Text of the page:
Background/Objective: The United States (US) and China are the two largest economies, but recent and directly comparable studies on suicide-related behaviors in the two countries are lacking. By using the Suicidal Behaviors Questionnaire-Revised (SBQ-R), item-level comparison was performed in assessing self-reported suicide-related behaviors between the US and Chinese undergraduates.
Method: This study involved a total of 3,185 college students aged between 18 to 24 years (1,185 US college students, and 2,000 Chinese students who were randomly selected from a large sample of 11,806 Chinese college students). Participants filled out the 4-item SBQ-R.
Results: Participants’ responses were compared by country and sex. There was a higher overall risk of suicide-related behaviors among US students (24.3%) compared to Chinese students (17.0%). US students also reported higher lifetime attempt, past-year ideation, and lifetime threat. US female college students reported the highest suicide-related behaviors compared to other sub-groups.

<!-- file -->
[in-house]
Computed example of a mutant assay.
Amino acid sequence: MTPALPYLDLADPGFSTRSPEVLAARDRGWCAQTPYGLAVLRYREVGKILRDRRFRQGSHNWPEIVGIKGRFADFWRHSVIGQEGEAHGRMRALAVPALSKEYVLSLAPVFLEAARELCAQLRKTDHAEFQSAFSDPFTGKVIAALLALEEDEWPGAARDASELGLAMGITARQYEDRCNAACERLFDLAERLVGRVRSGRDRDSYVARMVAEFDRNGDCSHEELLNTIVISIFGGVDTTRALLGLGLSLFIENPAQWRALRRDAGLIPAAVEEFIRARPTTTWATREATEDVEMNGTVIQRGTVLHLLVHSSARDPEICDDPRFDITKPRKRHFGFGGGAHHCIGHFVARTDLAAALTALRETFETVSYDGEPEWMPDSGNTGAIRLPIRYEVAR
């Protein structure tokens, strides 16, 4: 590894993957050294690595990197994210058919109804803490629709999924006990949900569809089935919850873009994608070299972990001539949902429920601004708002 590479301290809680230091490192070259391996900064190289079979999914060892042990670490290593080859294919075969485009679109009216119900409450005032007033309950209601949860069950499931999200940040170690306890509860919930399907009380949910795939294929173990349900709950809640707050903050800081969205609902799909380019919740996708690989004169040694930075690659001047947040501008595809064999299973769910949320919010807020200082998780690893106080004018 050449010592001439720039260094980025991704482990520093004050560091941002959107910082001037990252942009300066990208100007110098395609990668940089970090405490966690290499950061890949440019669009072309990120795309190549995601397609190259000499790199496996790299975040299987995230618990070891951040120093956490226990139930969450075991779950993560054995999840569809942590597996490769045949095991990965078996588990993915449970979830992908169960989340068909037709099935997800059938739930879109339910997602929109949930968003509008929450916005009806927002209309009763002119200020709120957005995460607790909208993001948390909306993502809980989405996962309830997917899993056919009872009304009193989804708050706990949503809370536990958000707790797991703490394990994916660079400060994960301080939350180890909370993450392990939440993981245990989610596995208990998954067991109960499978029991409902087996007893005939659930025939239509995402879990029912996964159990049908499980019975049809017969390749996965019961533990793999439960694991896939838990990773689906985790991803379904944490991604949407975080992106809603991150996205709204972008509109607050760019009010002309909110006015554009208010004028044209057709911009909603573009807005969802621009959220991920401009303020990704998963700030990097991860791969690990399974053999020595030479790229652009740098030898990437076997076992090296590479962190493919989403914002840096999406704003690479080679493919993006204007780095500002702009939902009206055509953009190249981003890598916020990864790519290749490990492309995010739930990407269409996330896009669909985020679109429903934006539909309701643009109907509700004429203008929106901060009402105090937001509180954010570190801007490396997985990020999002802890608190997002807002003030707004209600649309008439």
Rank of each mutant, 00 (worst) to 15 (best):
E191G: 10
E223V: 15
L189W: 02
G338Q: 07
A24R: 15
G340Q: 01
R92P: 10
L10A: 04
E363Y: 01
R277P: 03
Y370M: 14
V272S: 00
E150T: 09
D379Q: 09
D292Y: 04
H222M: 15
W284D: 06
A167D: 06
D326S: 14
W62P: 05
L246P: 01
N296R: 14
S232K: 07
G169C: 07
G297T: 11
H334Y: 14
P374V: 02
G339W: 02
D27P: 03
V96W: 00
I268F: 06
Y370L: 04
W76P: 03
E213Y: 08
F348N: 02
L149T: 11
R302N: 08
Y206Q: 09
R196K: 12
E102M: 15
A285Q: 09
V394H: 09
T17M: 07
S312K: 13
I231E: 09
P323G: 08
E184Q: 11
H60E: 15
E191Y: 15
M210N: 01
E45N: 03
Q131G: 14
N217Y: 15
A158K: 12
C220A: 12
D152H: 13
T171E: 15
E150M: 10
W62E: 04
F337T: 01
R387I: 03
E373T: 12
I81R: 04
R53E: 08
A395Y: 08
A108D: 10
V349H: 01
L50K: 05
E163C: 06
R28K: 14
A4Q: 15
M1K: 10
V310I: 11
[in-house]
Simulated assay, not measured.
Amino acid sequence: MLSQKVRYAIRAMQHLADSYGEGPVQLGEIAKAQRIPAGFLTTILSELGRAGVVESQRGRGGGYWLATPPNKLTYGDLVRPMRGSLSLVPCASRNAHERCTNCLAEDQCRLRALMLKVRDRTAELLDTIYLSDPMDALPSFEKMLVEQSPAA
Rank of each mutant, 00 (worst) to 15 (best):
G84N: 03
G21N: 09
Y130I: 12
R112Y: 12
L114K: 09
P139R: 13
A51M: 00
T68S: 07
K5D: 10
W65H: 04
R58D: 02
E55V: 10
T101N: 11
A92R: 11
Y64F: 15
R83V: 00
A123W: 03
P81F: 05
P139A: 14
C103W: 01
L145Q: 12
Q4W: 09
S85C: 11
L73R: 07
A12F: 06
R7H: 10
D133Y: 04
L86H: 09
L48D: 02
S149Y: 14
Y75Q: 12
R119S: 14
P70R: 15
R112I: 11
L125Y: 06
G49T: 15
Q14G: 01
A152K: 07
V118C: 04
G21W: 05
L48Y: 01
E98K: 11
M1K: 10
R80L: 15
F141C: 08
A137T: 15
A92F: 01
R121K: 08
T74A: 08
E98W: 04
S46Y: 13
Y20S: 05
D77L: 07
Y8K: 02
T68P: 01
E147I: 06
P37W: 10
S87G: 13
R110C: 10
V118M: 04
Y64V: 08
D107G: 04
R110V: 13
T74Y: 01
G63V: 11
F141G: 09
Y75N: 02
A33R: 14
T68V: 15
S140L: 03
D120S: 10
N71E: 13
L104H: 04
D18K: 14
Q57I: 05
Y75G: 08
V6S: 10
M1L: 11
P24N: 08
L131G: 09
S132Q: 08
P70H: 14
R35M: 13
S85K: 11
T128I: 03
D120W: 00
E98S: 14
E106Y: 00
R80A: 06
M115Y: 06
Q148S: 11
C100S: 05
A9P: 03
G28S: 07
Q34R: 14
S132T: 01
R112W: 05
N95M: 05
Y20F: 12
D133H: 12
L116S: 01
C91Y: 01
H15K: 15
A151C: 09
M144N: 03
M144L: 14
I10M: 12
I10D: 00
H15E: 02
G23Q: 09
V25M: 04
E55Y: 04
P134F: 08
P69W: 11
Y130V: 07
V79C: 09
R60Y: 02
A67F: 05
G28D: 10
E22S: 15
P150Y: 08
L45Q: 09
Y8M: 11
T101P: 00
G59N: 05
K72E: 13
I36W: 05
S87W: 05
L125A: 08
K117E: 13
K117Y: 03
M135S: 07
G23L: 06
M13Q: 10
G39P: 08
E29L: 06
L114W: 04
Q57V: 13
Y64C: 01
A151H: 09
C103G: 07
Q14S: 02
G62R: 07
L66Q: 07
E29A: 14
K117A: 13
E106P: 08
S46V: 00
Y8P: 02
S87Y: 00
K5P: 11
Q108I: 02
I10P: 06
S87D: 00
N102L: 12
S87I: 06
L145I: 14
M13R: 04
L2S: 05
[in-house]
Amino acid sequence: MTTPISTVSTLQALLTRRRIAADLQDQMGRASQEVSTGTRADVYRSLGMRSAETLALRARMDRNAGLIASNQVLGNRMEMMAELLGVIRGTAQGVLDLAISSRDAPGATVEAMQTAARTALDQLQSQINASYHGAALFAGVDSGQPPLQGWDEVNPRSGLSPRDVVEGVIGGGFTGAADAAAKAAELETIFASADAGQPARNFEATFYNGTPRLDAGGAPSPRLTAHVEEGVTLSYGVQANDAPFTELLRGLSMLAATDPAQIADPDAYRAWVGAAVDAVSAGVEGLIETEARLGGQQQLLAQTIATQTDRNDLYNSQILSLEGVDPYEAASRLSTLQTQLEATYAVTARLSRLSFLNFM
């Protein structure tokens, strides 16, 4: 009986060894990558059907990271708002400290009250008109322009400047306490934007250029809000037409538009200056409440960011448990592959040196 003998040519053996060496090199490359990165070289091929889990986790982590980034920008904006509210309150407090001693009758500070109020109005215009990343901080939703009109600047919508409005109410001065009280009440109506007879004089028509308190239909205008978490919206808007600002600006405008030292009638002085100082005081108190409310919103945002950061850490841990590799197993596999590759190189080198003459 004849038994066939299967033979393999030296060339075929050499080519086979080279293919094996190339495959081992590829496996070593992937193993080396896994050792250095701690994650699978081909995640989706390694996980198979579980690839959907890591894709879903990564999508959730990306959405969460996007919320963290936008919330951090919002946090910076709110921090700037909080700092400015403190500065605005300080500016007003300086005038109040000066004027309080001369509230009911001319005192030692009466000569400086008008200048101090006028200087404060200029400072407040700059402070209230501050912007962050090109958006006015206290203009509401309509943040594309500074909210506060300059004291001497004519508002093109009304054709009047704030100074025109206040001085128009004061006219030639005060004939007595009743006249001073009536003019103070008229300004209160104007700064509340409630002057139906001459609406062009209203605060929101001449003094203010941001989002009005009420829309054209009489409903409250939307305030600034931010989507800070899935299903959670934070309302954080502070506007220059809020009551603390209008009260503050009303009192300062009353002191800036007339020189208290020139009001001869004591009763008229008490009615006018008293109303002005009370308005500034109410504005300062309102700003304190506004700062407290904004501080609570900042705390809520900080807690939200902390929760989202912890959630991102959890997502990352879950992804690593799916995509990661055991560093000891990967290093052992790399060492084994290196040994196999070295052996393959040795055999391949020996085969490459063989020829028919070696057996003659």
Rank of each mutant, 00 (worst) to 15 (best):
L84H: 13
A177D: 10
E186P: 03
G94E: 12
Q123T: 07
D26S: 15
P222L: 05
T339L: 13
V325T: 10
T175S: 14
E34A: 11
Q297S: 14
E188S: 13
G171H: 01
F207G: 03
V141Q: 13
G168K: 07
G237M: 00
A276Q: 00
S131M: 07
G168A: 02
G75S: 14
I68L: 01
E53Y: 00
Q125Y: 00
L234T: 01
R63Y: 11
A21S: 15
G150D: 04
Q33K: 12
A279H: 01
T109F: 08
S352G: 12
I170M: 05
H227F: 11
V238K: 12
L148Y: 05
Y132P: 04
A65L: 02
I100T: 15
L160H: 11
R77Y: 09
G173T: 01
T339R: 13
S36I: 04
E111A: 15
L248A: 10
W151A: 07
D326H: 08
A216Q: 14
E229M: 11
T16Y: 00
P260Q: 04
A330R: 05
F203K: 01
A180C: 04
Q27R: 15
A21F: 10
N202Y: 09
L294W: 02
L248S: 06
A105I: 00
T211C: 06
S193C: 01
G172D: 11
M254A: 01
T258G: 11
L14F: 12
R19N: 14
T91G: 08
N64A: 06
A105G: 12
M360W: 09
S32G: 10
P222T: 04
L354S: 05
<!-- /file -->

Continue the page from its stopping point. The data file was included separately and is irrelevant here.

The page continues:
Conclusions: There is a need to tailor specific interventions to alleviate college students’ suicide-related behaviors in the US and China, with a particular focus on US females.